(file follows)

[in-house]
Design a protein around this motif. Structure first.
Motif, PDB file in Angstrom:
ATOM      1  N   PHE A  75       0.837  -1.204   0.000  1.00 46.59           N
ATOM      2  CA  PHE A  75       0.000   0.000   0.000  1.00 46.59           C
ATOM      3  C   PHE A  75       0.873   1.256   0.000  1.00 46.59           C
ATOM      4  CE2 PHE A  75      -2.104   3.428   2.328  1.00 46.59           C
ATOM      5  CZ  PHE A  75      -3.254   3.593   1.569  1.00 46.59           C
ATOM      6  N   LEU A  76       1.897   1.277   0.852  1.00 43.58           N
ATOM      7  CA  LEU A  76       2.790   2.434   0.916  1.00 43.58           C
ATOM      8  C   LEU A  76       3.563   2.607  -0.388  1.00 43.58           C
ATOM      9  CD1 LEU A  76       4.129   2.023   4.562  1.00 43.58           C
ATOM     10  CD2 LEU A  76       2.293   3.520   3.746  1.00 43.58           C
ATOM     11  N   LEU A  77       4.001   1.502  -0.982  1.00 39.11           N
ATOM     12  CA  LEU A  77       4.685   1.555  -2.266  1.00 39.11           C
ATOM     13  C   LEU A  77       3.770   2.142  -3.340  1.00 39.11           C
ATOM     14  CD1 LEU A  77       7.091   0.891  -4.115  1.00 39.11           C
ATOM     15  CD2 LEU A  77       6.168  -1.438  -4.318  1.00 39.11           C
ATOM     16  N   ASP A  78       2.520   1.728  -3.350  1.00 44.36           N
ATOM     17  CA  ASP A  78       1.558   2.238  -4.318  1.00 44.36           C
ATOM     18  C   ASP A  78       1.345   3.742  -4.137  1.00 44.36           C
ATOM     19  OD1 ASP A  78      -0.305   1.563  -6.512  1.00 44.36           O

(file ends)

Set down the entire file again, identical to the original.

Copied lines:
[in-house]
Design a protein around this motif. Structure first.
Motif, PDB file in Angstrom:
ATOM      1  N   PHE A  75       0.837  -1.204   0.000  1.00 46.59           N
ATOM      2  CA  PHE A  75       0.000   0.000   0.000  1.00 46.59           C
ATOM      3  C   PHE A  75       0.873   1.256   0.000  1.00 46.59           C
ATOM      4  CE2 PHE A  75      -2.104   3.428   2.328  1.00 46.59           C
ATOM      5  CZ  PHE A  75      -3.254   3.593   1.569  1.00 46.59           C
ATOM      6  N   LEU A  76       1.897   1.277   0.852  1.00 43.58           N
ATOM      7  CA  LEU A  76       2.790   2.434   0.916  1.00 43.58           C
ATOM      8  C   LEU A  76       3.563   2.607  -0.388  1.00 43.58           C
ATOM      9  CD1 LEU A  76       4.129   2.023   4.562  1.00 43.58           C
ATOM     10  CD2 LEU A  76       2.293   3.520   3.746  1.00 43.58           C
ATOM     11  N   LEU A  77       4.001   1.502  -0.982  1.00 39.11           N
ATOM     12  CA  LEU A  77       4.685   1.555  -2.266  1.00 39.11           C
ATOM     13  C   LEU A  77       3.770   2.142  -3.340  1.00 39.11           C
ATOM     14  CD1 LEU A  77       7.091   0.891  -4.115  1.00 39.11           C
ATOM     15  CD2 LEU A  77       6.168  -1.438  -4.318  1.00 39.11           C
ATOM     16  N   ASP A  78       2.520   1.728  -3.350  1.00 44.36           N
ATOM     17  CA  ASP A  78       1.558   2.238  -4.318  1.00 44.36           C
ATOM     18  C   ASP A  78       1.345   3.742  -4.137  1.00 44.36           C
ATOM     19  OD1 ASP A  78      -0.305   1.563  -6.512  1.00 44.36           O